The two single dose studies of diamorphine and dihydrocodeine respectively in patients with chronic heart failure suggest improvement in abnormal ventilatory patterns. The pilot study was a randomized placebo controlled cross-over study of 10 patients with NYHA III/IV symptoms.43 Patients were recruited from a heart failure clinic and randomized to receive oral morphine or placebo. Patients were given 5mg of morphine four times a day in the active arm, or dose reduced to 2.5mg four times a day if the serum creatinine was greater than 200mcmol/l. Patients with a peak flow less than 150l/min or a serum creatinine greater than 300mcmol/l were excluded. On morphine, median breathlessness score (Visual Analogue Score 0 - 100mm) fell by 23mm (p = 0.022) by day 2, and this improvement was maintained. Sedation scores increased until day 3, reducing on day 4. Four patients reported constipation on morphine compared with one on placebo, but there were no other differences between the two arms in nausea, blood pressure, pulse or respiratory rate. The study concluded that oral morphine gave clinically significant improvement in breathlessness with few side-effects and good tolerability of chronic dosing. However questions remain regarding which patients will benefit, which is the best opioid (morphine is not the best opioid to use in renal failure) and the best regimen. Patients sometimes have fears relating to morphine and good communication skills are required to introduce opioids as a therapeutic option.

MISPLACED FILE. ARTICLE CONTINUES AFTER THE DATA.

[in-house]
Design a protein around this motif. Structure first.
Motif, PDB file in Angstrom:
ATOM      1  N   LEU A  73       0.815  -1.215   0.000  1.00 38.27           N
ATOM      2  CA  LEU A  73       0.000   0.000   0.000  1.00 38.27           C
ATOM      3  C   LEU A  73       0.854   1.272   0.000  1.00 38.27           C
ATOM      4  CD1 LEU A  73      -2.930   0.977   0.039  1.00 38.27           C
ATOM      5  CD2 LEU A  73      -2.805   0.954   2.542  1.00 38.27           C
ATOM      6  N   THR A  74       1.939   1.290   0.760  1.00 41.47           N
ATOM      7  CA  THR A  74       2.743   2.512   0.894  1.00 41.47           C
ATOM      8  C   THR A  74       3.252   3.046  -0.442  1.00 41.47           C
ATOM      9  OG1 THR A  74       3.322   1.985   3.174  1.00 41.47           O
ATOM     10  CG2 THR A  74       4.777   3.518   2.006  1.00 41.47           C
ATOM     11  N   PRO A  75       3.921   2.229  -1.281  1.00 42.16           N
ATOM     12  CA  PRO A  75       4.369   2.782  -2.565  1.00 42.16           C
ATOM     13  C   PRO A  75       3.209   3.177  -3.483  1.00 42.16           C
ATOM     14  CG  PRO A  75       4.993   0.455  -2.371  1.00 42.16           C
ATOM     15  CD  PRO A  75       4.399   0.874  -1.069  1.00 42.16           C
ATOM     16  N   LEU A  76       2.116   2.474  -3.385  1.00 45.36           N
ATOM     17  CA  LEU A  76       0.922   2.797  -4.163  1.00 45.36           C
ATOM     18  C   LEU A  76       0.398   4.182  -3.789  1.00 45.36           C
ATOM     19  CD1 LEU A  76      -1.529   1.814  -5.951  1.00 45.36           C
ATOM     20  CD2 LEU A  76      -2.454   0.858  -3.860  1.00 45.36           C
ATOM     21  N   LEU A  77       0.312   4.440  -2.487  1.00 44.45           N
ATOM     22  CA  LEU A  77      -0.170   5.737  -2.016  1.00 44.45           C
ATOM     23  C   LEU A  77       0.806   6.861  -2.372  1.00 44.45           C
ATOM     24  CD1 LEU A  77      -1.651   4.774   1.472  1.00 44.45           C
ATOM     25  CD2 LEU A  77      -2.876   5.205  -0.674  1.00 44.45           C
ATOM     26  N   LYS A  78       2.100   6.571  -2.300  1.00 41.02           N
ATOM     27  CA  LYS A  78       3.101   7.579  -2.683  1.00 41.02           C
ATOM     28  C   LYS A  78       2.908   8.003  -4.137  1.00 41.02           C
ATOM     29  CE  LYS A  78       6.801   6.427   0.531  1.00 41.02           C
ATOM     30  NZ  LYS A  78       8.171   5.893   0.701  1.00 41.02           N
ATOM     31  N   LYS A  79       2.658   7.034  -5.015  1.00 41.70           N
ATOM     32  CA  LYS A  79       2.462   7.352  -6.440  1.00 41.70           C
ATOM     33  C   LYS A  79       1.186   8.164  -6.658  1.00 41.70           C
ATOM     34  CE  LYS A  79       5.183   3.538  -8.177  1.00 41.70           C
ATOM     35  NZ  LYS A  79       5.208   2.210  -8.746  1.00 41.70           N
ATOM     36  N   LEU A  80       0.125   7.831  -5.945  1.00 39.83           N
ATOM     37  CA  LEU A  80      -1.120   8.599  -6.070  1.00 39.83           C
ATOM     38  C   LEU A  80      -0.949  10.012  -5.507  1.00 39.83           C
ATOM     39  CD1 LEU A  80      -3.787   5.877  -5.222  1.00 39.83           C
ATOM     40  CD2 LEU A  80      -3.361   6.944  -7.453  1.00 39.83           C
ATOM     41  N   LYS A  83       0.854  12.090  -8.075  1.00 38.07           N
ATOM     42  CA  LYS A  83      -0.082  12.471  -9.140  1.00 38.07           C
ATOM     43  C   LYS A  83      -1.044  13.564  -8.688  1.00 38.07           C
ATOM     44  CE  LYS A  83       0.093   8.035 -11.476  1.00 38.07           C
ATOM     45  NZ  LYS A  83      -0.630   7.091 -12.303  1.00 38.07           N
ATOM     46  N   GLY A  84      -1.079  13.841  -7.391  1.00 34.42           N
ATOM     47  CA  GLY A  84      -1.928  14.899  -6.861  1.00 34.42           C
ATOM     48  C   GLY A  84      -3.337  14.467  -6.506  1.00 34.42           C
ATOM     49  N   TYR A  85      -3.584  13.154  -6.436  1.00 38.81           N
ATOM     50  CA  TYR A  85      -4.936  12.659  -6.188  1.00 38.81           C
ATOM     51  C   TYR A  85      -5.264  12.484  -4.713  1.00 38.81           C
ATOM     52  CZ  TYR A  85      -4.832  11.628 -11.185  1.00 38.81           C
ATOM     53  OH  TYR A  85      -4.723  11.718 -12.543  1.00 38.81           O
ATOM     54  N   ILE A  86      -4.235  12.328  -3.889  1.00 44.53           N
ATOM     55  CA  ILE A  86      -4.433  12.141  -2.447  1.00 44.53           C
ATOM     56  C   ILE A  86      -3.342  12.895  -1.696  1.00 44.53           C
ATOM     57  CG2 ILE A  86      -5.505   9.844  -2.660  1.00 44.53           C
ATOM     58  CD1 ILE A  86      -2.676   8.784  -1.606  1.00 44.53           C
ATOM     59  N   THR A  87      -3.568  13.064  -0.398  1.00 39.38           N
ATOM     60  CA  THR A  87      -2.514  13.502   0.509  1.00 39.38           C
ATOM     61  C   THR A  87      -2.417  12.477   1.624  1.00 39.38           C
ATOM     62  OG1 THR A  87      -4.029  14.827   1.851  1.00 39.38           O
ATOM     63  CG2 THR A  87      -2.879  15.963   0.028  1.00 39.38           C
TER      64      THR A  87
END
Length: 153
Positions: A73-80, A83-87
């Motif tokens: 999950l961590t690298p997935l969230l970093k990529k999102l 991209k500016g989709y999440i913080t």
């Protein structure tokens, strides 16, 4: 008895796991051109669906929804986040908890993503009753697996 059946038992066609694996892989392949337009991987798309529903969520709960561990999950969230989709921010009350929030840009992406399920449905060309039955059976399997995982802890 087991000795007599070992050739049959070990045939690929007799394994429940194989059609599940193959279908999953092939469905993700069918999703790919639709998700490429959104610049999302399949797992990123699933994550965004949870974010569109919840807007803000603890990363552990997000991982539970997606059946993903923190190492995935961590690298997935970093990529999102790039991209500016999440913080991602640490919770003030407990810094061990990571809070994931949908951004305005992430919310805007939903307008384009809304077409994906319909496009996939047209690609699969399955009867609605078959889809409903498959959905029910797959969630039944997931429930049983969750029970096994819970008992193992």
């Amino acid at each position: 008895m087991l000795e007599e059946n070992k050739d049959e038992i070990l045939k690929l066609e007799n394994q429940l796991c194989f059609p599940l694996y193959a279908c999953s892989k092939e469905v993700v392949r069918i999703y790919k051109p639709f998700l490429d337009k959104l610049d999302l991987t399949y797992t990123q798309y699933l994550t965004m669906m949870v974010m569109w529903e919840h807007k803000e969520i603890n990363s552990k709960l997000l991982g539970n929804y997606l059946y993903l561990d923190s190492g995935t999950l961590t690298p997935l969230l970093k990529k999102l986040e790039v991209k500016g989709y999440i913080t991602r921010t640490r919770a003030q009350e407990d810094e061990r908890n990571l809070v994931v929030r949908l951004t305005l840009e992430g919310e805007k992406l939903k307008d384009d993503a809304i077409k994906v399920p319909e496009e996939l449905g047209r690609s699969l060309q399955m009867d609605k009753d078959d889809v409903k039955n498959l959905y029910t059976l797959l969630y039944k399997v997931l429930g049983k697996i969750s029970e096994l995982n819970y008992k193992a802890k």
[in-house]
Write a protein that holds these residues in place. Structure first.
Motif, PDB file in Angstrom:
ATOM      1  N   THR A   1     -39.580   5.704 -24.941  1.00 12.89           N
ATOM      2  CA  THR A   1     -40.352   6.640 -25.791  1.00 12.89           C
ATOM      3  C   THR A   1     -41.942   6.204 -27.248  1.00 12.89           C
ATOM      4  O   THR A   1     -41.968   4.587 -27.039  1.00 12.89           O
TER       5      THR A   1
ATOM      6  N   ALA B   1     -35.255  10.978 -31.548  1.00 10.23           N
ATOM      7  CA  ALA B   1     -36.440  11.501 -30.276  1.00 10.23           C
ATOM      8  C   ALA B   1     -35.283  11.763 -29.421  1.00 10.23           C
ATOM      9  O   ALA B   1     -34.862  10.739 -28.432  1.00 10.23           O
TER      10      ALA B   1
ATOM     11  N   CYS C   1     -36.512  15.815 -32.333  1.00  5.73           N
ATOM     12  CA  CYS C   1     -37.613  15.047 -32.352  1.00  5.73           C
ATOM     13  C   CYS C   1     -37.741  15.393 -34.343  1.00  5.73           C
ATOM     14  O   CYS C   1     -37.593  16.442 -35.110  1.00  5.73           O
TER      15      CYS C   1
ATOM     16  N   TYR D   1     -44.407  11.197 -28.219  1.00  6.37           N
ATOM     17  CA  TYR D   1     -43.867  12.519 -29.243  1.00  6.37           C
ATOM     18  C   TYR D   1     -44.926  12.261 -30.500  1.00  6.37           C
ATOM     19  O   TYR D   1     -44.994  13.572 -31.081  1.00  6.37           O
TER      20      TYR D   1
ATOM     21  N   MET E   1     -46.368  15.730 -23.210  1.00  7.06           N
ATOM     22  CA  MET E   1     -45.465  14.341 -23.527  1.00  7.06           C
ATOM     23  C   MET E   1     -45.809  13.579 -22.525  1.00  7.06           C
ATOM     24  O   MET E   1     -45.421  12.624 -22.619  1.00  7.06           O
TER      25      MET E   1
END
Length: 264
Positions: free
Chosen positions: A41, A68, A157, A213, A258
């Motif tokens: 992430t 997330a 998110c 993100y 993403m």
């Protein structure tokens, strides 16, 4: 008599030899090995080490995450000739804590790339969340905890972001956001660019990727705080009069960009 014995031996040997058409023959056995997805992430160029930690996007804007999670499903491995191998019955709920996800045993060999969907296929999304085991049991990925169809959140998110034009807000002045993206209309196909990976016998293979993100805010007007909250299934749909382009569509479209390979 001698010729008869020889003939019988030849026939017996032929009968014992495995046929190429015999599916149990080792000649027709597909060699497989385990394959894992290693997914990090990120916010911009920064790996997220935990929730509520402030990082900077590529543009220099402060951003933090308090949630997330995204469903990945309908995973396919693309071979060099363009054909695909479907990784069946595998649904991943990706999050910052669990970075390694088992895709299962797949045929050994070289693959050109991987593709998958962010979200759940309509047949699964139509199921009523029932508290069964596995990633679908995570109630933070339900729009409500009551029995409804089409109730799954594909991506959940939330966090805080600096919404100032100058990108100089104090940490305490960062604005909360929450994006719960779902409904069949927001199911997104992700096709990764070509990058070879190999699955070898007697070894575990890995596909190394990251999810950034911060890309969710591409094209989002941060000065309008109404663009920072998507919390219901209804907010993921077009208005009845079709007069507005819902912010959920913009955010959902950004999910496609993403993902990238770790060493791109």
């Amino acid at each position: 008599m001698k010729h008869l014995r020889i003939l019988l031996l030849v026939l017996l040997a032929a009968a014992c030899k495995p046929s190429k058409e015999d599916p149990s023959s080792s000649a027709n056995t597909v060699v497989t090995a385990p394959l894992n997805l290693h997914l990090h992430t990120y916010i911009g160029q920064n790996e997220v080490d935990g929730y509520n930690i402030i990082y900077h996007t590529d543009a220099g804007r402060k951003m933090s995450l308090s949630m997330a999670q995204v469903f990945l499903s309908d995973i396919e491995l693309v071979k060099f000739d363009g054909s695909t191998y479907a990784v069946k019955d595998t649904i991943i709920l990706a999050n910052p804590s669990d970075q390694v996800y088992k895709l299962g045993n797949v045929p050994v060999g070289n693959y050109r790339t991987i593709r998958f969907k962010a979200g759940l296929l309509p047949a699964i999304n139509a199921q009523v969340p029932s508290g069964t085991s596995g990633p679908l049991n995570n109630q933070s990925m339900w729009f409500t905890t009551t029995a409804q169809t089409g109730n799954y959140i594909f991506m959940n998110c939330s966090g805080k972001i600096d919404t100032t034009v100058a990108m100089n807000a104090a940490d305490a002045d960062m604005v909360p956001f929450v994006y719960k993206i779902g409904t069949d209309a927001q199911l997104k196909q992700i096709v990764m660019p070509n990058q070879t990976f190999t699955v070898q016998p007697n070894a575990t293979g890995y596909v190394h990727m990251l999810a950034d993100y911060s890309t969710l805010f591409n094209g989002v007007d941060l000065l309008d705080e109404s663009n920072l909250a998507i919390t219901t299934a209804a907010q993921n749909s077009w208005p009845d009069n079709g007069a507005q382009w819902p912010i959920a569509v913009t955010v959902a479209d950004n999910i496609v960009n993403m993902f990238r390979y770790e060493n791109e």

Many patients with heart failure will also have lung disease (asthma or chronic obstructive disease) and may take an inhaled beta-2 agonist. It has been suggested that such therapy might benefit patients with heart failure in the absence of significant lung disease because of the demonstrable increased airways resistance. Witte et al. have shown some benefit in breathlessness in 12 patients treated with inhaled salbutamol and the anticholinergic ipratropium (compared with 10 controls).45 Breathlessness and airways resistance improved as did lung reactance and peak tidal volume during exercise although exercise capacity did not improve. The role of beta-2 agonists remains unclear; the benefits of beta blockade are now well established and should always be used in the absence of contraindications.
The use of anxiolytic drugs, such as benzodiazepines, is another issue that causes concern to some clinicians. This is again due to fears of causing respiratory depression and oxygen desaturation as well as issues around addiction and tolerance. There are also more general concerns regarding the risks of giving sedative drugs to often frail and elderly patients with comorbidities.
Indeed the known increased risk of falling has to be considered. However, there appears little evidence to support the concerns regarding respiratory depression if used with care, and benzodiazepines such as lorazepam (which is also usefully absorbed sublingually for quicker onset of action) may be very useful in counteracting the panic and fear associated with acute episodes of severe breathlessness. It must be remembered that the respiratory depressive effects of opioids and benzodiazepines may be additive. In the light of a poor prognosis the issue of dependence and tolerance is less of an issue than in other patients with chronic anxiety. Depression is under-recognized and treated; careful choice of antidepressant is required due to the potential cardiac toxicity of these drugs. Tricyclics should be avoided and venlafaxine is relatively contra-indicated although selective serotonin reuptake inhibitors such as citalopram appear to be safe and well-tolerated.